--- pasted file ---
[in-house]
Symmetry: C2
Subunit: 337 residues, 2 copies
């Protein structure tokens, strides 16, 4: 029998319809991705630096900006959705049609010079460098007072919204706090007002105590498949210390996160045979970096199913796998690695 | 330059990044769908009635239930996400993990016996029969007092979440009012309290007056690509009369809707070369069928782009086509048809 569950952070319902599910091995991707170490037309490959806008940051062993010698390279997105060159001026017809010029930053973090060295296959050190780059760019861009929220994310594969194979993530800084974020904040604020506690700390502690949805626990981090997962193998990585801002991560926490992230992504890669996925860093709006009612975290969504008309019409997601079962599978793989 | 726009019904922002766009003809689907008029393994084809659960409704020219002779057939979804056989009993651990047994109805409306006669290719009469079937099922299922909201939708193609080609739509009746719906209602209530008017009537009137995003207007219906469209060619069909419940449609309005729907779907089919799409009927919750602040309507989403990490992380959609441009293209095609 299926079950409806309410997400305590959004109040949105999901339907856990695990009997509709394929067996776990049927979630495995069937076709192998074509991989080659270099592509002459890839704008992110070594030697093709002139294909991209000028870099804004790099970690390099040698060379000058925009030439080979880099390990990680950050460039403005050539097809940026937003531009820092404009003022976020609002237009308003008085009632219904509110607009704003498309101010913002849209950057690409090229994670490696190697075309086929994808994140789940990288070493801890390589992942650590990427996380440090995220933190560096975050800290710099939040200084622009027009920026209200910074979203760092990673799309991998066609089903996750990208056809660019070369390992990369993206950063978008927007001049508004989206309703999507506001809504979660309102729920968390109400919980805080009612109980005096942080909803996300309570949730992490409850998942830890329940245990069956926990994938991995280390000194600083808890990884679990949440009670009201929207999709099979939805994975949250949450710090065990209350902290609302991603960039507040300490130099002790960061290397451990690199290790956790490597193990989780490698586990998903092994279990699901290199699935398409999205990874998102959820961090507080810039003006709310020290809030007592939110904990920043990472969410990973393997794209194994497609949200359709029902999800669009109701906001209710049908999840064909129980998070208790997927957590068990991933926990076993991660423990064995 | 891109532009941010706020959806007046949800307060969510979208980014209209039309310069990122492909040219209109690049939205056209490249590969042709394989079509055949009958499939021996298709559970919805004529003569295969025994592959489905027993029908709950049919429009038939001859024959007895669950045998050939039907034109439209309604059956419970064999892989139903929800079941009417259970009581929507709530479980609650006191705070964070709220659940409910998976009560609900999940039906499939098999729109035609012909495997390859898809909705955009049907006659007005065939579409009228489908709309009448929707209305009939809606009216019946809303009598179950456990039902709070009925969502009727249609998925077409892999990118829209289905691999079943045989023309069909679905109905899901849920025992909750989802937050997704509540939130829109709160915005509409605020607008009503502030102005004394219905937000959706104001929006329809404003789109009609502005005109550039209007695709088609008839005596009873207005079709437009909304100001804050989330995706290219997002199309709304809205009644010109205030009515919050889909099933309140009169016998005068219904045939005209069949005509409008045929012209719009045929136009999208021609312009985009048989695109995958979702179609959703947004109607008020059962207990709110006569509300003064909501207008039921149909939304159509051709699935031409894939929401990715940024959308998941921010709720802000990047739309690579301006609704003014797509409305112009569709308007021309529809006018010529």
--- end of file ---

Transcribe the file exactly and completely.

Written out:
[in-house]
Symmetry: C2
Subunit: 337 residues, 2 copies
């Protein structure tokens, strides 16, 4: 029998319809991705630096900006959705049609010079460098007072919204706090007002105590498949210390996160045979970096199913796998690695 | 330059990044769908009635239930996400993990016996029969007092979440009012309290007056690509009369809707070369069928782009086509048809 569950952070319902599910091995991707170490037309490959806008940051062993010698390279997105060159001026017809010029930053973090060295296959050190780059760019861009929220994310594969194979993530800084974020904040604020506690700390502690949805626990981090997962193998990585801002991560926490992230992504890669996925860093709006009612975290969504008309019409997601079962599978793989 | 726009019904922002766009003809689907008029393994084809659960409704020219002779057939979804056989009993651990047994109805409306006669290719009469079937099922299922909201939708193609080609739509009746719906209602209530008017009537009137995003207007219906469209060619069909419940449609309005729907779907089919799409009927919750602040309507989403990490992380959609441009293209095609 299926079950409806309410997400305590959004109040949105999901339907856990695990009997509709394929067996776990049927979630495995069937076709192998074509991989080659270099592509002459890839704008992110070594030697093709002139294909991209000028870099804004790099970690390099040698060379000058925009030439080979880099390990990680950050460039403005050539097809940026937003531009820092404009003022976020609002237009308003008085009632219904509110607009704003498309101010913002849209950057690409090229994670490696190697075309086929994808994140789940990288070493801890390589992942650590990427996380440090995220933190560096975050800290710099939040200084622009027009920026209200910074979203760092990673799309991998066609089903996750990208056809660019070369390992990369993206950063978008927007001049508004989206309703999507506001809504979660309102729920968390109400919980805080009612109980005096942080909803996300309570949730992490409850998942830890329940245990069956926990994938991995280390000194600083808890990884679990949440009670009201929207999709099979939805994975949250949450710090065990209350902290609302991603960039507040300490130099002790960061290397451990690199290790956790490597193990989780490698586990998903092994279990699901290199699935398409999205990874998102959820961090507080810039003006709310020290809030007592939110904990920043990472969410990973393997794209194994497609949200359709029902999800669009109701906001209710049908999840064909129980998070208790997927957590068990991933926990076993991660423990064995 | 891109532009941010706020959806007046949800307060969510979208980014209209039309310069990122492909040219209109690049939205056209490249590969042709394989079509055949009958499939021996298709559970919805004529003569295969025994592959489905027993029908709950049919429009038939001859024959007895669950045998050939039907034109439209309604059956419970064999892989139903929800079941009417259970009581929507709530479980609650006191705070964070709220659940409910998976009560609900999940039906499939098999729109035609012909495997390859898809909705955009049907006659007005065939579409009228489908709309009448929707209305009939809606009216019946809303009598179950456990039902709070009925969502009727249609998925077409892999990118829209289905691999079943045989023309069909679905109905899901849920025992909750989802937050997704509540939130829109709160915005509409605020607008009503502030102005004394219905937000959706104001929006329809404003789109009609502005005109550039209007695709088609008839005596009873207005079709437009909304100001804050989330995706290219997002199309709304809205009644010109205030009515919050889909099933309140009169016998005068219904045939005209069949005509409008045929012209719009045929136009999208021609312009985009048989695109995958979702179609959703947004109607008020059962207990709110006569509300003064909501207008039921149909939304159509051709699935031409894939929401990715940024959308998941921010709720802000990047739309690579301006609704003014797509409305112009569709308007021309529809006018010529």